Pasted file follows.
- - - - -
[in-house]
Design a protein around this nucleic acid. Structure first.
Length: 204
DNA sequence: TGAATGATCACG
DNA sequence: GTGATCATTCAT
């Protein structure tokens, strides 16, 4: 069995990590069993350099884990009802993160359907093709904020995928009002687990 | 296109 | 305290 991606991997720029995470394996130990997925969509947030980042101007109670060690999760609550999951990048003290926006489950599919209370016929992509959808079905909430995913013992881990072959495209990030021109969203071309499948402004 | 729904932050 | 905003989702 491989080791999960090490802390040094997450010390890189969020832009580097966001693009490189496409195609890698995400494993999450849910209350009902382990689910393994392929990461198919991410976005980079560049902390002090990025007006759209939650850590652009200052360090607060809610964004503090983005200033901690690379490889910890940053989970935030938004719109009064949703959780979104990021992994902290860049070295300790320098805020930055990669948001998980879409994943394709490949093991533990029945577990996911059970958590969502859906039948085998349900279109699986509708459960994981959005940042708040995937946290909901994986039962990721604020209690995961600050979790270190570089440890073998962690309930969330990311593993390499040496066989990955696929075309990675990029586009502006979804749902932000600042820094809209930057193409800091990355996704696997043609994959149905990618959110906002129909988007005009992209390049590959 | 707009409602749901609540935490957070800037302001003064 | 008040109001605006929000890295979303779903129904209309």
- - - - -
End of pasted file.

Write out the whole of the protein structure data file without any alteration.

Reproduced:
[in-house]
Design a protein around this nucleic acid. Structure first.
Length: 204
DNA sequence: TGAATGATCACG
DNA sequence: GTGATCATTCAT
């Protein structure tokens, strides 16, 4: 069995990590069993350099884990009802993160359907093709904020995928009002687990 | 296109 | 305290 991606991997720029995470394996130990997925969509947030980042101007109670060690999760609550999951990048003290926006489950599919209370016929992509959808079905909430995913013992881990072959495209990030021109969203071309499948402004 | 729904932050 | 905003989702 491989080791999960090490802390040094997450010390890189969020832009580097966001693009490189496409195609890698995400494993999450849910209350009902382990689910393994392929990461198919991410976005980079560049902390002090990025007006759209939650850590652009200052360090607060809610964004503090983005200033901690690379490889910890940053989970935030938004719109009064949703959780979104990021992994902290860049070295300790320098805020930055990669948001998980879409994943394709490949093991533990029945577990996911059970958590969502859906039948085998349900279109699986509708459960994981959005940042708040995937946290909901994986039962990721604020209690995961600050979790270190570089440890073998962690309930969330990311593993390499040496066989990955696929075309990675990029586009502006979804749902932000600042820094809209930057193409800091990355996704696997043609994959149905990618959110906002129909988007005009992209390049590959 | 707009409602749901609540935490957070800037302001003064 | 008040109001605006929000890295979303779903129904209309």